This is the fifth episode in a series all about how I actually studied elephants. For my Ph.D., I studied the social structure and genetic patterns of African forest elephants in Gabon. Here I follow up on aggressive elephants in the park, fun field stories, extracting and amplifying elephant DNA, and how to conserve elephants.
It may be a good idea to catch up with episodes #24-27 so you can fully understand what my field research and seasons were like:
In this episode, I follow up on my experiences with aggressive elephants during my field work and hypothesize why what happened to me happened.
This episode is focused on my second field season and in addition to the close elephant encounters, I had another close encounter with an animal (actually lots and lots of them) that you can’t see in many places in Africa. It was one of the coolest experiences I’ve had in my whole life!
I also talk about my research after my field season – what it was like to work with the elephant dung samples back in the lab, what I did with them, and did they work? As always with science, things don’t go exactly as they planned.
Finally, I cannot talk about elephants without talking about their current plight – that they are at risk of extinction, especially forest elephants. The problem is surprisingly massive and if we don’t work hard now, we could lose this species. We’ve already lost a lot of forest elephant range and individuals.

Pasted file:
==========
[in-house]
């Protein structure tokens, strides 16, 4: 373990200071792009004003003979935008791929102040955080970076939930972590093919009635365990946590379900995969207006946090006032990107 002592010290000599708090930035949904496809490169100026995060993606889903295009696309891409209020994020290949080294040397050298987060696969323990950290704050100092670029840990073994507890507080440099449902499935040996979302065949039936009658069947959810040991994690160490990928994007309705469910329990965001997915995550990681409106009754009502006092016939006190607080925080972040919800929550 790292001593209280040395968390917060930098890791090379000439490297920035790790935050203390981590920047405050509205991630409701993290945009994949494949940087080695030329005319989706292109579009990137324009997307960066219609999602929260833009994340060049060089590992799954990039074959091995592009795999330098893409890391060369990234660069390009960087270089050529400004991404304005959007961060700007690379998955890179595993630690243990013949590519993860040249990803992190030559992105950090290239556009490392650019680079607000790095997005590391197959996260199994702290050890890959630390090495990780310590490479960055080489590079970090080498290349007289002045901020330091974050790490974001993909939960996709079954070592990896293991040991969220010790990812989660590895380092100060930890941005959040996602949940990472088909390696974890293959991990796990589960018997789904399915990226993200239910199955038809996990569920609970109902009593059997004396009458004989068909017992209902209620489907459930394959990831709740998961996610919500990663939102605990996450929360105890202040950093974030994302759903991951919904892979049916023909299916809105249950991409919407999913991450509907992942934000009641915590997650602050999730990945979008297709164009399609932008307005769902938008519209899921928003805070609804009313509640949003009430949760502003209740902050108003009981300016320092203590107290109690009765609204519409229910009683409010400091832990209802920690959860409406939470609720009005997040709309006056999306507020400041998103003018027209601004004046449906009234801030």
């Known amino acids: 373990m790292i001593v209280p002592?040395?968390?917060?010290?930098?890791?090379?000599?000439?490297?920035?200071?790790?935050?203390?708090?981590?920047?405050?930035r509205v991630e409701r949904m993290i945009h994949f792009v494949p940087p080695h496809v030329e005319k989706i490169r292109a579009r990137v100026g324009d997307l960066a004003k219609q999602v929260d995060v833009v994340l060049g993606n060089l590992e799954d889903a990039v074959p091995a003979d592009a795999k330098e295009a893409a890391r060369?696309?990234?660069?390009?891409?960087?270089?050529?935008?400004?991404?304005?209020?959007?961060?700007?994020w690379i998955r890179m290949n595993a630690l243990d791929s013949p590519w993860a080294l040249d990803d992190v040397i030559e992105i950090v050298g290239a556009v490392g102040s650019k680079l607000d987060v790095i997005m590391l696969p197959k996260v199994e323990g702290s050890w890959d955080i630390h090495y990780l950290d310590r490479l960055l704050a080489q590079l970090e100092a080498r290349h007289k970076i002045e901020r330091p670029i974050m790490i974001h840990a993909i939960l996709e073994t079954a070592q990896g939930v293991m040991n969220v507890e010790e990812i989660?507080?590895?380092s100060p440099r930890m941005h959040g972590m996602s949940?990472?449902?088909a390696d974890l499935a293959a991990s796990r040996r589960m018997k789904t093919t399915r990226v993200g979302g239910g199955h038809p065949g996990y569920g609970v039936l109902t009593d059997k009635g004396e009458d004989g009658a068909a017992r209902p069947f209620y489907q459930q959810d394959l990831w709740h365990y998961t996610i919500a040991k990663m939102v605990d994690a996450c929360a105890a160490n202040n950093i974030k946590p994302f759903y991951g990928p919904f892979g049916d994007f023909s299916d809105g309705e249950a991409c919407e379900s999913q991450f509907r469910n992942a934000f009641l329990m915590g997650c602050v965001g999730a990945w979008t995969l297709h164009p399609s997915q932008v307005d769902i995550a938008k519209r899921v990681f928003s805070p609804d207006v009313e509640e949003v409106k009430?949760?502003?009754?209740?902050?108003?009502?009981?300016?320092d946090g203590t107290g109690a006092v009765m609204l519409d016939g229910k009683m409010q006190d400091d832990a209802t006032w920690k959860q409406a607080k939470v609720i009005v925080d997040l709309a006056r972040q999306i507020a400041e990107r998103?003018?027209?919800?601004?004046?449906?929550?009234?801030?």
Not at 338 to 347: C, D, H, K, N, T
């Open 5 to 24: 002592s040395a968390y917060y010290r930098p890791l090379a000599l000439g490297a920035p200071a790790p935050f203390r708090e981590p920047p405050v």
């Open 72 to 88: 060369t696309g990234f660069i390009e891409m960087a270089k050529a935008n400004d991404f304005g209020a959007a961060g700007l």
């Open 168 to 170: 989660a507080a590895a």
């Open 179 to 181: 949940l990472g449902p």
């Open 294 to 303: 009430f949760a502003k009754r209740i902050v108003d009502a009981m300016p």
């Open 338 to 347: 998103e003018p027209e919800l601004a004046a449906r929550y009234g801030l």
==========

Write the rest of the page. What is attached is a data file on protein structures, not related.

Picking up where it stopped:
Specifically, I go over:
- Why some elephants and elephant populations are aggressive and others are not
- What I think happened to me the night elephants broke into my room
- Rare sighting with a large group of mandrills
- A scary (non-animal) field story
- How to get DNA from dung and the lab work involved
- What you can do right now to help elephants
- and MORE!
Me collecting elephant dung (left) and a dung sample slurry (right) that I would extract DNA from.
Resources and Sources Mentioned in Aggressive Elephants
1. This video of a cougar "escorting" a hiker is going around & most people are just tweeting out the part where she's behaving aggressively— Yashar Ali 🐘 (@yashar) October 13, 2020
What's missing is the part where he approached her kittens/cubs
Also want to use this opportunity to talk about safety around large cats pic.twitter.com/Iq1BEzUQkP
Stephanie Schuttler is a wildlife biologist with 17 years of experience in mammal ecology and conservation, education, and outreach. Read her inspirational story, “My Unexpected Journey Into Science” to find out how she went from the daughter of a jeweler to a Ph.D. in wildlife biology. Feel free to contact Stephanie here.